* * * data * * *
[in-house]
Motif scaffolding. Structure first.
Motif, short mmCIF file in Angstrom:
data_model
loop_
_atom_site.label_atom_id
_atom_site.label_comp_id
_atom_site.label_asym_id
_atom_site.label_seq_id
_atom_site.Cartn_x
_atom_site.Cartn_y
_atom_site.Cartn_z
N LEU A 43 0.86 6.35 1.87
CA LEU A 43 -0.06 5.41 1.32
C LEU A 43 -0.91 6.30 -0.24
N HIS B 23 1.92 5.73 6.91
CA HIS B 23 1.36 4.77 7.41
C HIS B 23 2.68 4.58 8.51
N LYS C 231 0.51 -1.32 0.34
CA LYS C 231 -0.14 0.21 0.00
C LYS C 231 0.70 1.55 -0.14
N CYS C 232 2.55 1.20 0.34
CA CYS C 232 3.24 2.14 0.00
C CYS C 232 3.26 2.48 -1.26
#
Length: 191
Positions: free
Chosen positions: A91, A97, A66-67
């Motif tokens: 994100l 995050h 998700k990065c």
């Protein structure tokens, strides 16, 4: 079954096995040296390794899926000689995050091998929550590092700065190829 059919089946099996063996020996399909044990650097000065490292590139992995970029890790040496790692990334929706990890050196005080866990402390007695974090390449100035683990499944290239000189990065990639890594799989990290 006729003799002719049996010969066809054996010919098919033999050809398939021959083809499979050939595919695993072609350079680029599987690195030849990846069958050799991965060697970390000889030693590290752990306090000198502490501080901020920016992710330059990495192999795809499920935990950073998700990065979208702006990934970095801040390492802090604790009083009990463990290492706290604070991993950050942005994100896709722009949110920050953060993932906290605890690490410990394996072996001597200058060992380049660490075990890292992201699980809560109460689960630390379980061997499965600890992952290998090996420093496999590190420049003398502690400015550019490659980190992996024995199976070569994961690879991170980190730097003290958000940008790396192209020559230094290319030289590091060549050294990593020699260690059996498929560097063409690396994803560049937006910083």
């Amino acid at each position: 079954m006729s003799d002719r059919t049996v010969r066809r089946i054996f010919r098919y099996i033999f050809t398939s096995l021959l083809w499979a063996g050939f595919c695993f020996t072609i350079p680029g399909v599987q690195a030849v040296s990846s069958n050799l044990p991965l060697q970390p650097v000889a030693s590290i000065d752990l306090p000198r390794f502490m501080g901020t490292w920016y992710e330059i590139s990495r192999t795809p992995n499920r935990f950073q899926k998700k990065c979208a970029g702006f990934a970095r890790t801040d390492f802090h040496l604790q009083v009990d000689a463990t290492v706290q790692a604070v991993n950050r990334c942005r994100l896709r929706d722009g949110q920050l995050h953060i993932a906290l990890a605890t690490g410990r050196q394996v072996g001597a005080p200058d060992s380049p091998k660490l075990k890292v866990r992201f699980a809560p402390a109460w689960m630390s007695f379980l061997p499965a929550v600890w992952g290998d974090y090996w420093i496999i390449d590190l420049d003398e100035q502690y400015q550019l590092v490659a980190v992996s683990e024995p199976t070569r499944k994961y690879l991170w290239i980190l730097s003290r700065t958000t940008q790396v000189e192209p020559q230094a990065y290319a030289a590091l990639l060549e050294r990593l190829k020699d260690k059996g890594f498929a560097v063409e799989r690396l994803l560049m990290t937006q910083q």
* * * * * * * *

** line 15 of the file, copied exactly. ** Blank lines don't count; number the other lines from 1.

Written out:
C LEU A 43 -0.91 6.30 -0.24